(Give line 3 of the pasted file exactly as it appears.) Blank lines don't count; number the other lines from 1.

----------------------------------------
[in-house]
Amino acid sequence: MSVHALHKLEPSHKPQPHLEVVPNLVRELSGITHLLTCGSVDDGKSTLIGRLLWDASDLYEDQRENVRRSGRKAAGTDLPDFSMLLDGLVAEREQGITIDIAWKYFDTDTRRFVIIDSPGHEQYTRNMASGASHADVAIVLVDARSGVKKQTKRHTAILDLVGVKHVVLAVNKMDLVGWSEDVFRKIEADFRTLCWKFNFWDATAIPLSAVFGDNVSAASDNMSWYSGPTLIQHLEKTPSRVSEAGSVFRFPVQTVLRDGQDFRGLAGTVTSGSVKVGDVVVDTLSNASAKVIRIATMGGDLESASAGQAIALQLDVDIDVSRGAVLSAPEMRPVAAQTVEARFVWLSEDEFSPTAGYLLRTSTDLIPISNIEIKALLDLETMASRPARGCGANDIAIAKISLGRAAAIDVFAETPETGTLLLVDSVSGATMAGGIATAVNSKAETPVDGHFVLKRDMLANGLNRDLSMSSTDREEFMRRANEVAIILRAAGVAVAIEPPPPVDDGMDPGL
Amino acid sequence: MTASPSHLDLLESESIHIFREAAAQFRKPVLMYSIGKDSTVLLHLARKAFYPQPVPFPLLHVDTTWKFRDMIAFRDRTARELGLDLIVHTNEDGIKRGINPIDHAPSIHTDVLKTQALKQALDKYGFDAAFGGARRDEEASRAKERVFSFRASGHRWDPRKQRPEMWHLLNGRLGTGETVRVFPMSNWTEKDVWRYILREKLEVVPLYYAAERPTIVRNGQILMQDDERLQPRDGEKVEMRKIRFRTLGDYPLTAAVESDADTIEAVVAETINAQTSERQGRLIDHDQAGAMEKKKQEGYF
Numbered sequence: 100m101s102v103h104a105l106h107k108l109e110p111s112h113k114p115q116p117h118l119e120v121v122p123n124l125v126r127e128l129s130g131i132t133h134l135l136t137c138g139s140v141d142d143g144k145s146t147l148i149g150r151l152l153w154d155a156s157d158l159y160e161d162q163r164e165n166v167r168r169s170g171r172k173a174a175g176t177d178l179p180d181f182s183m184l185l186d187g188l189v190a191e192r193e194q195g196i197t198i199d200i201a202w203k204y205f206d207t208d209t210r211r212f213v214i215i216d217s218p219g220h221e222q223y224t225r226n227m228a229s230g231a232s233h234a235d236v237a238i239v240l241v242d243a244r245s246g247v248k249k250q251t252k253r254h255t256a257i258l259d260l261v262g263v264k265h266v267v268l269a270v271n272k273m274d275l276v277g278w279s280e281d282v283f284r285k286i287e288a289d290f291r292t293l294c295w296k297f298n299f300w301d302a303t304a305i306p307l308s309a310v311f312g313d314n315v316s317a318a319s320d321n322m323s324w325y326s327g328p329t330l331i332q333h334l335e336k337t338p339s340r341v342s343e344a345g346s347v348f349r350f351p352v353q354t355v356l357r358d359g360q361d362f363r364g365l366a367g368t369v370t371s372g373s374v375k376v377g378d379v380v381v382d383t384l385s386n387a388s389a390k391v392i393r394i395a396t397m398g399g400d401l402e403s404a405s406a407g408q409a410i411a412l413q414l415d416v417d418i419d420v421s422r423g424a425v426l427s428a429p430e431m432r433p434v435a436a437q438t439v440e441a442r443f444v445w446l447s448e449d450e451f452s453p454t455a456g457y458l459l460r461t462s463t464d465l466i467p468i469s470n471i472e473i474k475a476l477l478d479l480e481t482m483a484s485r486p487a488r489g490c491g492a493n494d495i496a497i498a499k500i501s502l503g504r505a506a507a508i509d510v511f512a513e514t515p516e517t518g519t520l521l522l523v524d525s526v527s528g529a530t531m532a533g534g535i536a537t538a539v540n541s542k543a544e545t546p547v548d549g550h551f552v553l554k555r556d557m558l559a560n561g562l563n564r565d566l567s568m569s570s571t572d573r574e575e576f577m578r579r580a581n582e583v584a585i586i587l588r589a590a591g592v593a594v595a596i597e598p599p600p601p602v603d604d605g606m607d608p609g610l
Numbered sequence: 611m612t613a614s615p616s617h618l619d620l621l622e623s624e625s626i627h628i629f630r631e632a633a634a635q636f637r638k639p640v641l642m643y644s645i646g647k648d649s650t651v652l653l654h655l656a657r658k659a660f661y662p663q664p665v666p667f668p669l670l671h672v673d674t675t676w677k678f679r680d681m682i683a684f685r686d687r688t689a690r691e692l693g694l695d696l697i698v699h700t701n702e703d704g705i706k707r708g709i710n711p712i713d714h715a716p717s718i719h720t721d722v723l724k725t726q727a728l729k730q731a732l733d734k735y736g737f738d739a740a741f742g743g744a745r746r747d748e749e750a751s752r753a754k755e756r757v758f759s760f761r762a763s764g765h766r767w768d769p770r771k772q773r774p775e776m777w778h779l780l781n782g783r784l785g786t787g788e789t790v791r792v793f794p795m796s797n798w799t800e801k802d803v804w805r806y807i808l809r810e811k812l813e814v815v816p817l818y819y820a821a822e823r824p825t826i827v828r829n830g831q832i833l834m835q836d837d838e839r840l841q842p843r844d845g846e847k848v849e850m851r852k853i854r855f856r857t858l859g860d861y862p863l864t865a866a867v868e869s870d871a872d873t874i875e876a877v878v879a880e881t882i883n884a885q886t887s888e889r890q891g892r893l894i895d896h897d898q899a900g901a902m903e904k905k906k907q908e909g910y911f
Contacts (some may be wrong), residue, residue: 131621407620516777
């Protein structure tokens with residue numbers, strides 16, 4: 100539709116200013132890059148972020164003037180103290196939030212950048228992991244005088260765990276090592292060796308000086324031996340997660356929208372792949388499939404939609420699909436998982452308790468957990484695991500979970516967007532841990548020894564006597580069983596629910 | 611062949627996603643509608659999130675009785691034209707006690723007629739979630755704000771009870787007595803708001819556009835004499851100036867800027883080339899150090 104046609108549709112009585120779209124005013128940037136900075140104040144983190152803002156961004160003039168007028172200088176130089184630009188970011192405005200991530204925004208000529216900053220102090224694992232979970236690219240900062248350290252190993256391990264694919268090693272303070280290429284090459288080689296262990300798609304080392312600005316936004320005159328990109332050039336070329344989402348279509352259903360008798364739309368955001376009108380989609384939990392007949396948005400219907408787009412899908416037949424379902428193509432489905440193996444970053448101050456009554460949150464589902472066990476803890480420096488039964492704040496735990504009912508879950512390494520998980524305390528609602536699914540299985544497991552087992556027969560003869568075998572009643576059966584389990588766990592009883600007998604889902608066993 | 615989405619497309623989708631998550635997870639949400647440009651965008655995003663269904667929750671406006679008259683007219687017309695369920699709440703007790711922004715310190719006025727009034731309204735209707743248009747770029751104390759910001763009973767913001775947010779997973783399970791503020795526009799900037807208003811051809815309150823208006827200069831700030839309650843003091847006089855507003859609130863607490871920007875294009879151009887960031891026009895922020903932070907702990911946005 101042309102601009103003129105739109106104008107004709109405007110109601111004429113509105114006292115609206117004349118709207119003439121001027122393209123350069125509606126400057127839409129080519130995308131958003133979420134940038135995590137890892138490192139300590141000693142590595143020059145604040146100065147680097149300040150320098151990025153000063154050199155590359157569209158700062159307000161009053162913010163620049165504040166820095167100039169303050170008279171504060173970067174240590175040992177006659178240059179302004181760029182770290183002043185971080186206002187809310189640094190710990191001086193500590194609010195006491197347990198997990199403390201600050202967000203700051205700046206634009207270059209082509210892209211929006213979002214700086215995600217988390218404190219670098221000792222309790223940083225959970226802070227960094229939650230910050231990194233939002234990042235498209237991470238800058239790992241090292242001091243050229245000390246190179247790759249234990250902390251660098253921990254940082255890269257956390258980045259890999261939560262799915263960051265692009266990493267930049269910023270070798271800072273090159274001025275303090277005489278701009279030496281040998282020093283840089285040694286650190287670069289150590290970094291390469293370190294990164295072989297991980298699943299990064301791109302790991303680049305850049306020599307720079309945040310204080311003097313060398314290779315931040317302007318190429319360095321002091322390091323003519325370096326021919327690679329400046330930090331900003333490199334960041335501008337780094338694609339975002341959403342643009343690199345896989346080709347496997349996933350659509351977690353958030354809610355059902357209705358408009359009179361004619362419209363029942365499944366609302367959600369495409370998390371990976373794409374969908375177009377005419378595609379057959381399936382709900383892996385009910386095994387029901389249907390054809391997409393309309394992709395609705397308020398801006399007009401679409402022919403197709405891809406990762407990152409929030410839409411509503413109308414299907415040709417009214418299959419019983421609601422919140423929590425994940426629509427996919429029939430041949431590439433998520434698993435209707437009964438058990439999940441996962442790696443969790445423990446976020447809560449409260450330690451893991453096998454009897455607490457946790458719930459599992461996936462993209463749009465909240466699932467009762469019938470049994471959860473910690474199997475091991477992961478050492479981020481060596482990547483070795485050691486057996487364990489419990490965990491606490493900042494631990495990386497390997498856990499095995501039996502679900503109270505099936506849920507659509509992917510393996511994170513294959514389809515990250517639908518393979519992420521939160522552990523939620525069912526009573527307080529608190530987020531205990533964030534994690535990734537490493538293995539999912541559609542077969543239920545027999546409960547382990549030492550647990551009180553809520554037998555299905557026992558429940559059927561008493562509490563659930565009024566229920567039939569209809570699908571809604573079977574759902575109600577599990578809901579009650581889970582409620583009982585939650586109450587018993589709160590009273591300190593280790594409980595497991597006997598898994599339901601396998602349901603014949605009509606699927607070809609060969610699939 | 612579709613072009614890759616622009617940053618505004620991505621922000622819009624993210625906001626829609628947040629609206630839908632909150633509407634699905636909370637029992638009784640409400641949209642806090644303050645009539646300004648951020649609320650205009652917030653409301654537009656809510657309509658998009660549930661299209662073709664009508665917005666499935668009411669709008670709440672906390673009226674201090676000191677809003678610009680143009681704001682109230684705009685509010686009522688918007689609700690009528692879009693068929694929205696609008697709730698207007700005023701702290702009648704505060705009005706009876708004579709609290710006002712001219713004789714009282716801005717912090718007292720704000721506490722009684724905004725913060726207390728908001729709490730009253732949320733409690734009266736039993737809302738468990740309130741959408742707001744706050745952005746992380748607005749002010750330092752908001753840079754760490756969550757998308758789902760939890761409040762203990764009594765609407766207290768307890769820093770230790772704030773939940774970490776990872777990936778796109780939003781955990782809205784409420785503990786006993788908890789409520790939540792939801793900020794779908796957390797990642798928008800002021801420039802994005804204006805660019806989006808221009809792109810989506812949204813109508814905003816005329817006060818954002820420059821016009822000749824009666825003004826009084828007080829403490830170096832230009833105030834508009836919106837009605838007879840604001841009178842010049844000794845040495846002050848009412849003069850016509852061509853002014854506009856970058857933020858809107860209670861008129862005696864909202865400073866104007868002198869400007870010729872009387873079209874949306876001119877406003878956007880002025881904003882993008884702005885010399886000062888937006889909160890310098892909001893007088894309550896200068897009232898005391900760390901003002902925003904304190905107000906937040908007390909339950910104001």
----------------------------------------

Amino acid sequence: MTASPSHLDLLESESIHIFREAAAQFRKPVLMYSIGKDSTVLLHLARKAFYPQPVPFPLLHVDTTWKFRDMIAFRDRTARELGLDLIVHTNEDGIKRGINPIDHAPSIHTDVLKTQALKQALDKYGFDAAFGGARRDEEASRAKERVFSFRASGHRWDPRKQRPEMWHLLNGRLGTGETVRVFPMSNWTEKDVWRYILREKLEVVPLYYAAERPTIVRNGQILMQDDERLQPRDGEKVEMRKIRFRTLGDYPLTAAVESDADTIEAVVAETINAQTSERQGRLIDHDQAGAMEKKKQEGYF